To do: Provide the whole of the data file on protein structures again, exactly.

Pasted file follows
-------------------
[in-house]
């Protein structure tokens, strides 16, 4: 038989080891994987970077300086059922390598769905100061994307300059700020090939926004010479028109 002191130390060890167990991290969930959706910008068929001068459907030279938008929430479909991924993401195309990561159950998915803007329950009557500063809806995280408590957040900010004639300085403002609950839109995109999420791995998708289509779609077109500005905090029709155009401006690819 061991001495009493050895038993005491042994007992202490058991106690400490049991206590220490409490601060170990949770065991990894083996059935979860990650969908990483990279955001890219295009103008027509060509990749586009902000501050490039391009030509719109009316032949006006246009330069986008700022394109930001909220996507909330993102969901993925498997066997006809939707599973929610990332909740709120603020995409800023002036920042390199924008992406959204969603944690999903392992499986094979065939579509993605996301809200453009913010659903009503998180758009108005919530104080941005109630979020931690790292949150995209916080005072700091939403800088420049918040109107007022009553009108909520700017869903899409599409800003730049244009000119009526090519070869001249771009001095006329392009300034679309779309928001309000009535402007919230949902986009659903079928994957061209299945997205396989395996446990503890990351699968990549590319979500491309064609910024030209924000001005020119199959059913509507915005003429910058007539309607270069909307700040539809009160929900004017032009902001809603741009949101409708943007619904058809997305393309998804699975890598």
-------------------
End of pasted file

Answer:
[in-house]
């Protein structure tokens, strides 16, 4: 038989080891994987970077300086059922390598769905100061994307300059700020090939926004010479028109 002191130390060890167990991290969930959706910008068929001068459907030279938008929430479909991924993401195309990561159950998915803007329950009557500063809806995280408590957040900010004639300085403002609950839109995109999420791995998708289509779609077109500005905090029709155009401006690819 061991001495009493050895038993005491042994007992202490058991106690400490049991206590220490409490601060170990949770065991990894083996059935979860990650969908990483990279955001890219295009103008027509060509990749586009902000501050490039391009030509719109009316032949006006246009330069986008700022394109930001909220996507909330993102969901993925498997066997006809939707599973929610990332909740709120603020995409800023002036920042390199924008992406959204969603944690999903392992499986094979065939579509993605996301809200453009913010659903009503998180758009108005919530104080941005109630979020931690790292949150995209916080005072700091939403800088420049918040109107007022009553009108909520700017869903899409599409800003730049244009000119009526090519070869001249771009001095006329392009300034679309779309928001309000009535402007919230949902986009659903079928994957061209299945997205396989395996446990503890990351699968990549590319979500491309064609910024030209924000001005020119199959059913509507915005003429910058007539309607270069909307700040539809009160929900004017032009902001809603741009949101409708943007619904058809997305393309998804699975890598």